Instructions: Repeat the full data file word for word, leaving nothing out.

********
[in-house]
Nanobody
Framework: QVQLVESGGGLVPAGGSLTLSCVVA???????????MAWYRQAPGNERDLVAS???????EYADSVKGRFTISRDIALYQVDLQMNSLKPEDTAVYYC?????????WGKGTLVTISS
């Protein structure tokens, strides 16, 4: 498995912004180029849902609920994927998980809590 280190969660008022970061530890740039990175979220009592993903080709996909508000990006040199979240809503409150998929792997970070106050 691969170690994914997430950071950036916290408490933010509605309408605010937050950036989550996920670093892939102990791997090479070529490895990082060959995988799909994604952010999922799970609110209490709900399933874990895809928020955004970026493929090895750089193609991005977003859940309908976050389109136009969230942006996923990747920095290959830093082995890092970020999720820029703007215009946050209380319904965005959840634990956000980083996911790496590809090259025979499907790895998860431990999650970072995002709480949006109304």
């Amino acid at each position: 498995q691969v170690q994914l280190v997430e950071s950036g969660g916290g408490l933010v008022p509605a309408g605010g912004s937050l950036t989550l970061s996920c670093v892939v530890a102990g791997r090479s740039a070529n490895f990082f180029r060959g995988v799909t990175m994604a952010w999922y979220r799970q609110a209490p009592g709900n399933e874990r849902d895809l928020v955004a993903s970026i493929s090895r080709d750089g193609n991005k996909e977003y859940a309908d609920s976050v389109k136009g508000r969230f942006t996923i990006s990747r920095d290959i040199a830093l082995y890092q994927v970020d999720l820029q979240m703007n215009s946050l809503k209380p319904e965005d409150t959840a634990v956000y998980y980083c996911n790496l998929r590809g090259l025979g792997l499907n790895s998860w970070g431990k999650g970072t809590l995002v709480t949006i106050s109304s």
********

[in-house]
Nanobody
Framework: QVQLVESGGGLVPAGGSLTLSCVVA???????????MAWYRQAPGNERDLVAS???????EYADSVKGRFTISRDIALYQVDLQMNSLKPEDTAVYYC?????????WGKGTLVTISS
């Protein structure tokens, strides 16, 4: 498995912004180029849902609920994927998980809590 280190969660008022970061530890740039990175979220009592993903080709996909508000990006040199979240809503409150998929792997970070106050 691969170690994914997430950071950036916290408490933010509605309408605010937050950036989550996920670093892939102990791997090479070529490895990082060959995988799909994604952010999922799970609110209490709900399933874990895809928020955004970026493929090895750089193609991005977003859940309908976050389109136009969230942006996923990747920095290959830093082995890092970020999720820029703007215009946050209380319904965005959840634990956000980083996911790496590809090259025979499907790895998860431990999650970072995002709480949006109304």
């Amino acid at each position: 498995q691969v170690q994914l280190v997430e950071s950036g969660g916290g408490l933010v008022p509605a309408g605010g912004s937050l950036t989550l970061s996920c670093v892939v530890a102990g791997r090479s740039a070529n490895f990082f180029r060959g995988v799909t990175m994604a952010w999922y979220r799970q609110a209490p009592g709900n399933e874990r849902d895809l928020v955004a993903s970026i493929s090895r080709d750089g193609n991005k996909e977003y859940a309908d609920s976050v389109k136009g508000r969230f942006t996923i990006s990747r920095d290959i040199a830093l082995y890092q994927v970020d999720l820029q979240m703007n215009s946050l809503k209380p319904e965005d409150t959840a634990v956000y998980y980083c996911n790496l998929r590809g090259l025979g792997l499907n790895s998860w970070g431990k999650g970072t809590l995002v709480t949006i106050s109304s």